HRV Biofeedback and postconcussion syndrome

Concussion and head injuries in sport are now recognised as important incidents that should not be dismissed as minor - it can be argued convincingly that there is no such thing as a mild traumatic brain injury.

Whilst a majority of people with sport-related concussion recover within 7 to 10 days and non-althletes within 3 months, there are many tht continue to experience symptoms beyond this time. This we are labelling as Post Concusion Syndrome (PCS)

According to the World Health Organisation (WHO) this can involve at least three or more of persistent symptoms such as headache, dizziness, fatigue, irritability, sleeplessness and cognition difficulties  (difficulties with memory or attention and concentration).  Beyond these sysmptoms concussion affects the heart and the autonomic nervous system (ANS)  (Leddy et al 2007).  Concussed athletes can have exaggerated Sympathetic Nervous System (SNS) activation and increased heart rates when compared with controls.  Cerebral autoregulation, which is the ability of the brain to maintain constant perfusion pressure and cerebral blood plow are disturbed after concussion.

In response to a concussion injury, the cardiac sympathetic nerves are activated.  In some situations the autonomic nervous system imbalance is temporary. Chronic activation of the SNS leads to a sustained imbalance which has widespread consequences throughout the central and peripheral nervous system.

The primary forms of treatment of PCS have typically involved rest, education, cognitive rehabilitation and antidepressants without particular evidence of success. Prolonged rest with athletes leads to deconditioning and may cause secondary issues of anxiety and depression. The insistence on rest has been challenged by some studies showing that some exercise increases parasympathetic activity, reduces sympathetic activity and improves cerebral blood flow.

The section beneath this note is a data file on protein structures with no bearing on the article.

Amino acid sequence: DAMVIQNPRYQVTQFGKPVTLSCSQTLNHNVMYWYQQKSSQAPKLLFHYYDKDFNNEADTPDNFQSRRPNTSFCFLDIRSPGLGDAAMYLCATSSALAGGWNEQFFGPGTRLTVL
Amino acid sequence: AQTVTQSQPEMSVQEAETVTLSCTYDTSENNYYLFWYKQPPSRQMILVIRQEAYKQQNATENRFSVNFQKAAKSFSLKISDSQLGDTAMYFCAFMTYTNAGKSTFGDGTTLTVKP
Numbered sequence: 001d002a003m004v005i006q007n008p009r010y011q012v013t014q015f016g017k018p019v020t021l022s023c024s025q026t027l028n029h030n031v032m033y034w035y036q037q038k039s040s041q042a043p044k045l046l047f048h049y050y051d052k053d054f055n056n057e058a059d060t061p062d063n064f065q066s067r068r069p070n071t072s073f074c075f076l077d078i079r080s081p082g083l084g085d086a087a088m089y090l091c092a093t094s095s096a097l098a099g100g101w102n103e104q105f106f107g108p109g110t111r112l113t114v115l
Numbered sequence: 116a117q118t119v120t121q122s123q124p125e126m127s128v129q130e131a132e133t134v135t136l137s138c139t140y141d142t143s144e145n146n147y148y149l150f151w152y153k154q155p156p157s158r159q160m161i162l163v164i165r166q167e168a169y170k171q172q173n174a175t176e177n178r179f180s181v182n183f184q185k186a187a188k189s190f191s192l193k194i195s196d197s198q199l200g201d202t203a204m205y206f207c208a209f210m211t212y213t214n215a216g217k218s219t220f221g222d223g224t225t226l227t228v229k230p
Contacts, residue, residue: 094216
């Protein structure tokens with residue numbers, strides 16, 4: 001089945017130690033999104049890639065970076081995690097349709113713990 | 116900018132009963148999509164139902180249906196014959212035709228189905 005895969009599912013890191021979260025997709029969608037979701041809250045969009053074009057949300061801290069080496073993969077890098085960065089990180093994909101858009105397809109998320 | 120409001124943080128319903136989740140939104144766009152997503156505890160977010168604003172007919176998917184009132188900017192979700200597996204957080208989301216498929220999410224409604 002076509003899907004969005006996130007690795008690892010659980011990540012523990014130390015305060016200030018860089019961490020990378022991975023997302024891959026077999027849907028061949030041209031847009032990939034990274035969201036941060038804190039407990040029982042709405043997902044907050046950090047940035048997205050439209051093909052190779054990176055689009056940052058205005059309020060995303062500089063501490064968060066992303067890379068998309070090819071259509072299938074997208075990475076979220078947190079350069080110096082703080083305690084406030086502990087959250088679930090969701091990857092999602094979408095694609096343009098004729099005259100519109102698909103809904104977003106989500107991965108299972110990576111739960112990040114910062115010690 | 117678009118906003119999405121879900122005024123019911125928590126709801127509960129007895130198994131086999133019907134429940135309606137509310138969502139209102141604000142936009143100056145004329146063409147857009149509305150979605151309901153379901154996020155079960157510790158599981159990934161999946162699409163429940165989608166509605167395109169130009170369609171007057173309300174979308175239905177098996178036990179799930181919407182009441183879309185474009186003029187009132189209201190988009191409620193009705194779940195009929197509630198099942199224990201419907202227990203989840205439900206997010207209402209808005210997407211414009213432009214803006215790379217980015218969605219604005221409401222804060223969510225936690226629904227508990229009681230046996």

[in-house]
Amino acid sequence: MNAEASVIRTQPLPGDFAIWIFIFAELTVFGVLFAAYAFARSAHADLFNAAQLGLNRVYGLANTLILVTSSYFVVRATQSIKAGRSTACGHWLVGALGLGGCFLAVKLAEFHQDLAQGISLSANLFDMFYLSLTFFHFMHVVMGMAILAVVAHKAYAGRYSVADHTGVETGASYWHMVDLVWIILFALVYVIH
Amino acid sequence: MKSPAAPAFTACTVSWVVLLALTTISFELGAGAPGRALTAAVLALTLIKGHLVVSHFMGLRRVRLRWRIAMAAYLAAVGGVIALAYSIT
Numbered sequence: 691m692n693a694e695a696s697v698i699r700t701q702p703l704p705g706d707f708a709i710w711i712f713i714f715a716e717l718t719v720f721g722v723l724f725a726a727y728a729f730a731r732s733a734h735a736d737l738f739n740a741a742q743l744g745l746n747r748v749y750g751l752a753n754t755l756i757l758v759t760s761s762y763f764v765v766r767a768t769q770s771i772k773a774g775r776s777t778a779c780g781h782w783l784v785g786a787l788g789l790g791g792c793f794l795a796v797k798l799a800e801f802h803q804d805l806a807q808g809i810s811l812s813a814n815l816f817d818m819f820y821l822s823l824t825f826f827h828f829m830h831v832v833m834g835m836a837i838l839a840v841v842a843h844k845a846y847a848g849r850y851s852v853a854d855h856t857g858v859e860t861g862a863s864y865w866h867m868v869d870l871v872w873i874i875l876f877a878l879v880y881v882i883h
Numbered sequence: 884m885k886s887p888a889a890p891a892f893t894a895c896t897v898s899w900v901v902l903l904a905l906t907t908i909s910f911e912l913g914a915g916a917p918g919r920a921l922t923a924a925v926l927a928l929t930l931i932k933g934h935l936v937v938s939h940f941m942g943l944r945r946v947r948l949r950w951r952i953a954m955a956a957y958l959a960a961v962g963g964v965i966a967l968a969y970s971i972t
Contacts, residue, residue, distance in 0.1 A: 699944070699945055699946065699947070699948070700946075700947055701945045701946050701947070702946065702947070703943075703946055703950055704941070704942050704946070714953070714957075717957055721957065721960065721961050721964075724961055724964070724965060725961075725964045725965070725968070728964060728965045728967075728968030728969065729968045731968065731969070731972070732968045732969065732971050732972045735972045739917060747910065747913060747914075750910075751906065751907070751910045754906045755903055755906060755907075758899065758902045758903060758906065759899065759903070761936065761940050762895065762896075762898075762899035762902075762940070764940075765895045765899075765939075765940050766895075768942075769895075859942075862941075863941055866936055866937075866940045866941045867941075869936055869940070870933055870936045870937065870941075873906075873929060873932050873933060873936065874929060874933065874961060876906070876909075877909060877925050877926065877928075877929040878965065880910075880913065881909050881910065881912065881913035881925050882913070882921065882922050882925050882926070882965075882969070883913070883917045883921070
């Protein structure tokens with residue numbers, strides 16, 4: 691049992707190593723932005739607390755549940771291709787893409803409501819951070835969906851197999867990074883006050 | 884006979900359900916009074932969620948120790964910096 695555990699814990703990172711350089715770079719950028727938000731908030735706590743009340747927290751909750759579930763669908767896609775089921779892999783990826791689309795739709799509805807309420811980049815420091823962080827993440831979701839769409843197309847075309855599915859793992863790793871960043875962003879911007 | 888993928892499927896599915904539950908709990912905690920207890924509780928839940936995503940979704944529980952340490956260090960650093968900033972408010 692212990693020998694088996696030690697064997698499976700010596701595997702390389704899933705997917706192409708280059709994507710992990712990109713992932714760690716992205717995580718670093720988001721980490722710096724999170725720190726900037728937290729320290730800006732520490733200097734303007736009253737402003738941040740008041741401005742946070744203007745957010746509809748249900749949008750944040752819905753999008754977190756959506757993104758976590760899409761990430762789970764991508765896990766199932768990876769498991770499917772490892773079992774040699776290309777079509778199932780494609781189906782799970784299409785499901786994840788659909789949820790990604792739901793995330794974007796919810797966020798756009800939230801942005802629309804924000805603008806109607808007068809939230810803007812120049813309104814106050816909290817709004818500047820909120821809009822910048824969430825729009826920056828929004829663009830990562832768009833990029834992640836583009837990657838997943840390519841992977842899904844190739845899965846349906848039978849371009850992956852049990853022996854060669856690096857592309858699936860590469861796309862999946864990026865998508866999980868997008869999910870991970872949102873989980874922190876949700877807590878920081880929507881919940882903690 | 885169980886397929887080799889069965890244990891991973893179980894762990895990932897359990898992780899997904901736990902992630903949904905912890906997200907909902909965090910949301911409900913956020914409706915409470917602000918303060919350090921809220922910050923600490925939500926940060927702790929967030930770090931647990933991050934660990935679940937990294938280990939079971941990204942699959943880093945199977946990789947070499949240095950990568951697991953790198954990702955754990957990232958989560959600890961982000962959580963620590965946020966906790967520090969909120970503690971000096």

Lagos et al (2016) suggest that Heart Rate Variability (HRV) biofeedback is an approach that has the potential to reduce activation of the SNS and increase control of the parasympathetic nervous system. Bringing the ANS into balance may limit or reduce at least the secondary effects of PCS such as depression. Whether the effects of HRV biofeedback extend to the primary set of symptoms is the focus of reseach.

References
Lagos, L et al (2016)
Heart rate variability biofeedback for postconcussion syndrome: Foundations
in "Foundations of Heart Rate Variability Biofeedback: A book of readings"
A publication of the AAPB, ISBN 978-0-9842979-5-5
p82

Leffy JJ et al (2010)
"A preliminary study of subsystem threshold exercise training for refractory post-concusion syndrome"
Clinical Journal of Sports Medicine, 20, p 21-27